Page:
Decisions: What's Good and What's Best, God, Life, Uncategorized

Decisions: What’s Good and What’s Best

Blue Mesa Reflections

By Jeanne Takenaka

We always have to  decide if something is the good or the best for us.

I first learned this lesson as a single-twenty-something wanting desperately to have someone to walk through life with. I’d dated a few guys, but all left me thirsting for more.

More depth.

More care.

For someone who loved God fervently and who cherished me.

I know. It sounds self-centered. God placed within me—perhaps within every woman—the desire to be cherished. If I was talking of little girls, I would say with a desire to feel like a princess.

Trees on ridgeline

I realized there were plenty of good guys I could date and get to know. But there was only one best guy for me. When I met him, I sensed it.

As our friendship began, I worked with the high school youth group, attended Bible study, helped with the two and three year olds on Sunday mornings. And helped lead worship at a fledgling little church in the middle of the woods. There was something special about being involved in the lives of so many others.

As my relationship with my future husband deepened, God showed me I needed to let some of these ministries go if I wanted to learn how to love well. One by one, I stepped out of each of these commitments as God directed.

7-4 Dandelion

Ed and watermelon

I said no to the good so I could have God’s best for me.

As my honey and I have walked through life together, we’ve said no to a number good things. It was hard. Especially after I’d been involved in them for years. At times, I’ve felt like I was saying no to something that was a part of my identity.

But my identity isn’t wrapped up in the things I do, it’s defined by Whose I am. 

Fishing rod sail boat

Peter looking for fish copy

I’ve had seasons of stepping back, leaning in close to the Lord. Seasons where He reminded me His best wasn’t in all the activity, the busy-ness, the serving.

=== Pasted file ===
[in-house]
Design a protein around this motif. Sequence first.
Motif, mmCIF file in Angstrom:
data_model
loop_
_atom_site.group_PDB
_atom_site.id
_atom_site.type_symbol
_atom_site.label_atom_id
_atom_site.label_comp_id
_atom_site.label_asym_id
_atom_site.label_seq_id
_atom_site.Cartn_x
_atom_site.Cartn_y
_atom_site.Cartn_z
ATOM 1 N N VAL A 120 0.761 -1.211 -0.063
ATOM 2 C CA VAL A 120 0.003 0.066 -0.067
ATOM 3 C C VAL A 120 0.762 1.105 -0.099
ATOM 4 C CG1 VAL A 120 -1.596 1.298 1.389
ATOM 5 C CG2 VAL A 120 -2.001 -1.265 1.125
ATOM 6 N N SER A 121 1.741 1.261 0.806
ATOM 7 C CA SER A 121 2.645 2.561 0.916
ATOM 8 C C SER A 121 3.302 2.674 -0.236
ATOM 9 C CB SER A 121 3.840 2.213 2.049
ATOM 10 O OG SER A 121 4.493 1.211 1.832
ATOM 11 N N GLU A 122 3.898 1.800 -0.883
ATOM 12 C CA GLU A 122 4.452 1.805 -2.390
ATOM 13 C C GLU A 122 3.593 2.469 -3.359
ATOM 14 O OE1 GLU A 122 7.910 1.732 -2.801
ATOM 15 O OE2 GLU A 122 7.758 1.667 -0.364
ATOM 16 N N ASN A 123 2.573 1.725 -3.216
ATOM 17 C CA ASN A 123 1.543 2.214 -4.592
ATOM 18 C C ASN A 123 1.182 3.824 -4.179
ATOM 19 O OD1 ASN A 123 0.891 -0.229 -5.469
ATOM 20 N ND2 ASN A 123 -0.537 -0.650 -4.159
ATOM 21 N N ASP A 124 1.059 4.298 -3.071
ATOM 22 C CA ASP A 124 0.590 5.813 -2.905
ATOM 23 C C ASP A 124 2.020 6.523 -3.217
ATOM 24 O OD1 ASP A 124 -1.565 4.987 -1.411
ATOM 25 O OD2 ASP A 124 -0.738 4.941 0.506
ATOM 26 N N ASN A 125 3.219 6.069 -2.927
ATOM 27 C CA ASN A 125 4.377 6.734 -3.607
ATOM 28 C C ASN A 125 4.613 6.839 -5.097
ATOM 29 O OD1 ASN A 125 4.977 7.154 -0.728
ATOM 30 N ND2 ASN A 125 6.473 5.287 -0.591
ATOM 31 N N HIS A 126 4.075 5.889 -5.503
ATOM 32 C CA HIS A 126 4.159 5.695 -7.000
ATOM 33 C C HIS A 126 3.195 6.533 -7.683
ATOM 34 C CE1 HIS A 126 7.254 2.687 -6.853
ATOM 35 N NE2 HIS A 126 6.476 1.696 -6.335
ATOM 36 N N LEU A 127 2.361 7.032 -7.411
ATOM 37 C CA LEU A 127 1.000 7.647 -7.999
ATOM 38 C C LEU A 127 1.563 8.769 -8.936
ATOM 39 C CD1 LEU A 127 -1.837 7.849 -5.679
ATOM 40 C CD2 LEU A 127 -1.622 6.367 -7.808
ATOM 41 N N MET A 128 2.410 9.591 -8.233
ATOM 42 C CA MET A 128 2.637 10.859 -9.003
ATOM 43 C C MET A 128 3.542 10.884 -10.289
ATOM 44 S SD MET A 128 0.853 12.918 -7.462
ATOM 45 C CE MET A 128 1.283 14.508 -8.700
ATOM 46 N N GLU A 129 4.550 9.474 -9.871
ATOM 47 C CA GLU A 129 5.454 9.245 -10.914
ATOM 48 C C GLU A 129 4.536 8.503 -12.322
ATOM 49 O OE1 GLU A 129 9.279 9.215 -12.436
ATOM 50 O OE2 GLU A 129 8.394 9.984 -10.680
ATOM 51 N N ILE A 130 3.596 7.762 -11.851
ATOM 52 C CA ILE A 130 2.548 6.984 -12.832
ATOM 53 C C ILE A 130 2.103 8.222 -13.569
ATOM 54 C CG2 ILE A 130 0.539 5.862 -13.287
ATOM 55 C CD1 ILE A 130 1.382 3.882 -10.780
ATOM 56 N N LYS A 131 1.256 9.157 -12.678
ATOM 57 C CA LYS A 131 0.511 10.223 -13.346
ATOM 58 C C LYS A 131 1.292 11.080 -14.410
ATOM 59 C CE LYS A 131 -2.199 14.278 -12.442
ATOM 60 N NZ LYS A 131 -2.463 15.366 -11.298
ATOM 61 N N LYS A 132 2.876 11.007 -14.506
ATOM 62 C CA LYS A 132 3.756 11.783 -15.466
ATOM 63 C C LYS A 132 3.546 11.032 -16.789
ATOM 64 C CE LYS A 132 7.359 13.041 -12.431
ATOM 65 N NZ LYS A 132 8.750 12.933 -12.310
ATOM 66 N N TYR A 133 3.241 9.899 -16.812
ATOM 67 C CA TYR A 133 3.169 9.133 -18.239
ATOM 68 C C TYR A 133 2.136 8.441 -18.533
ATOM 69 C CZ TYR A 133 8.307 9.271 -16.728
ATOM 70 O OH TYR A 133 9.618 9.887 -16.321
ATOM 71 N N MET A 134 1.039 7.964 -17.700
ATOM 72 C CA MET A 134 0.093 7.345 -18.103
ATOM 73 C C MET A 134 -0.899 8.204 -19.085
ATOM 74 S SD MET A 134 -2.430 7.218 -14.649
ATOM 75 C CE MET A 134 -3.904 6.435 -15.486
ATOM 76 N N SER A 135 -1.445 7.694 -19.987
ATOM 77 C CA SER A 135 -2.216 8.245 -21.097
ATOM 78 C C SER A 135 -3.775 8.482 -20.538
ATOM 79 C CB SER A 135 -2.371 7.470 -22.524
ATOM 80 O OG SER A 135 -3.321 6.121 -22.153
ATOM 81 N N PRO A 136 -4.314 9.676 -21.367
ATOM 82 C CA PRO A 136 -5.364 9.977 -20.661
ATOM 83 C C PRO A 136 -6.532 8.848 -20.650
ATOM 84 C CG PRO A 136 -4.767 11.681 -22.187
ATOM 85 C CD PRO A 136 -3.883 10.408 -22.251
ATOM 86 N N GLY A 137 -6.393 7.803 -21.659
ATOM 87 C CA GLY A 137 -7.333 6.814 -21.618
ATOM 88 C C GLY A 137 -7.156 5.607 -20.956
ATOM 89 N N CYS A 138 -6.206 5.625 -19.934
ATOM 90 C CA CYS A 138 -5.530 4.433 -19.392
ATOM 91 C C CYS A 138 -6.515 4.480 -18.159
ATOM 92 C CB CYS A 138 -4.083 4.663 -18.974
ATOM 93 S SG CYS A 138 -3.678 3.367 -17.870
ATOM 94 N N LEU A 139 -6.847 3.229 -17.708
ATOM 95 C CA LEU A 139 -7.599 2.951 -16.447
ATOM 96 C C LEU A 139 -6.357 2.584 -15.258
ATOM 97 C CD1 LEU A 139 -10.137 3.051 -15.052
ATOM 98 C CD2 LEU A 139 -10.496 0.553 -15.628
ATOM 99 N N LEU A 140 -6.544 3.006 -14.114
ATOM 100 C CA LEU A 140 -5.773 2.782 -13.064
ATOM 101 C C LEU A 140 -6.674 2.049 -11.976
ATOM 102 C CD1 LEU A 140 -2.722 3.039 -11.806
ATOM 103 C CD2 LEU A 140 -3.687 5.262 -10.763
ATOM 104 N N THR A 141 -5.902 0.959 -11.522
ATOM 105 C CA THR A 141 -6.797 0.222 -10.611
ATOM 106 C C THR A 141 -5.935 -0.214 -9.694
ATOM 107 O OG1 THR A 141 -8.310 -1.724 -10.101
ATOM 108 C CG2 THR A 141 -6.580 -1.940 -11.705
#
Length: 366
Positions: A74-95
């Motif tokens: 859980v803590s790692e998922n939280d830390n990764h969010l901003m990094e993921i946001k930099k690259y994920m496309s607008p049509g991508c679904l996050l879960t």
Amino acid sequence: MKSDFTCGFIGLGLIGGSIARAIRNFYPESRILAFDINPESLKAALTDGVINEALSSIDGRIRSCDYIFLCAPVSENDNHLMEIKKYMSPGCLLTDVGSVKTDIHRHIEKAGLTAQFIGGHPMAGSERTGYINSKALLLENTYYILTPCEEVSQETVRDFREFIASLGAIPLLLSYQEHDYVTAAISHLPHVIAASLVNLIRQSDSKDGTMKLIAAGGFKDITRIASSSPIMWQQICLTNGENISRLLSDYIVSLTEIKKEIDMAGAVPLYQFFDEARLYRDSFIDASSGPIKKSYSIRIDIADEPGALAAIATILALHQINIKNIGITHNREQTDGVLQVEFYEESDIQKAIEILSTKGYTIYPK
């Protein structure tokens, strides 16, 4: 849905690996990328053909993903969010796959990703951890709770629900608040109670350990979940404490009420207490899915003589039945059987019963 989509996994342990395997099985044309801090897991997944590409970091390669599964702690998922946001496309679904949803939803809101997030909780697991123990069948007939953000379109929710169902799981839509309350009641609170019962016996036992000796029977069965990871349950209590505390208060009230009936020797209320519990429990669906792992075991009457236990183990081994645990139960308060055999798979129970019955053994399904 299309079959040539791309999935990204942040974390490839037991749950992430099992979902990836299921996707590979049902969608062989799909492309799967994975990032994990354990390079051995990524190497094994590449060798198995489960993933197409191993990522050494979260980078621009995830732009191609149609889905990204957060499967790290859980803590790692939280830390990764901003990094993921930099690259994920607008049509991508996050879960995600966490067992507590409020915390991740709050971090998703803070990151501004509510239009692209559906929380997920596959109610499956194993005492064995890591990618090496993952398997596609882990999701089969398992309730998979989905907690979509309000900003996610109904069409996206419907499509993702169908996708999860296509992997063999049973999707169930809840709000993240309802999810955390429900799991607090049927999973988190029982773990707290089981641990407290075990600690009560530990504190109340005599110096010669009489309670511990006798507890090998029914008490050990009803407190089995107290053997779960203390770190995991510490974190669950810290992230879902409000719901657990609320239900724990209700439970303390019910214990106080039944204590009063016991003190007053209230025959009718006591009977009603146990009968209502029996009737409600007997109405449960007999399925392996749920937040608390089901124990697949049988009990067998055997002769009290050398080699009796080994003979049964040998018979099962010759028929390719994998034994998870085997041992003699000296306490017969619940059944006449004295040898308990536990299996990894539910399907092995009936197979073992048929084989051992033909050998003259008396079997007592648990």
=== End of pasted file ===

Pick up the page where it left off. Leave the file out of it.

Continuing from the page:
Sometimes God’s best is found in being still before Him.

Saying no to the good things gives freedom to say yes to His best. When I’m overcommitted, I don’t have time to say yes to one more thing.

When I’ve filtered each preceding “yes”  or “no” through God, it’s easier to say “yes” when He brings His best across my path.

Dad son resting up

When I can be involved in His best for me, I’m in a happy place in my spirit. I’m communing with Him on an intimate level.

Saying no to the good opens me up to walk in His best for me. And that’s just where I want to be.

What about you? When have you said no to something and had an even better opportunity open up for you? How do you determine the difference between good and best?


9 thoughts on “Decisions: What’s Good and What’s Best”

  1. Last year, I had to say no to a mission trip to my beloved Bolivia because an opportunity to attend ACFW was literally dropped in my lap. I was gifted the cost of the hotel, but was waiting on WHERE I was going to get the 600$ for the conference. I stepped out in faith and cancelled my spot on the team, and then?
    Umm, Lord? I need 600$.
    I’d just gotten home from a ridiculously epic trip and there was NO WAY I had the money for ACFW.
    Our boys normally get a rebate of fundraised money from their hockey teams. Whatever money is left over at the end of the season is divided among the families and a cheque is sent to the parents. Normally, this amount is 50-110$ . Never EVER more than 150$. EVER. Not in the 14 years we’d been involved in hockey.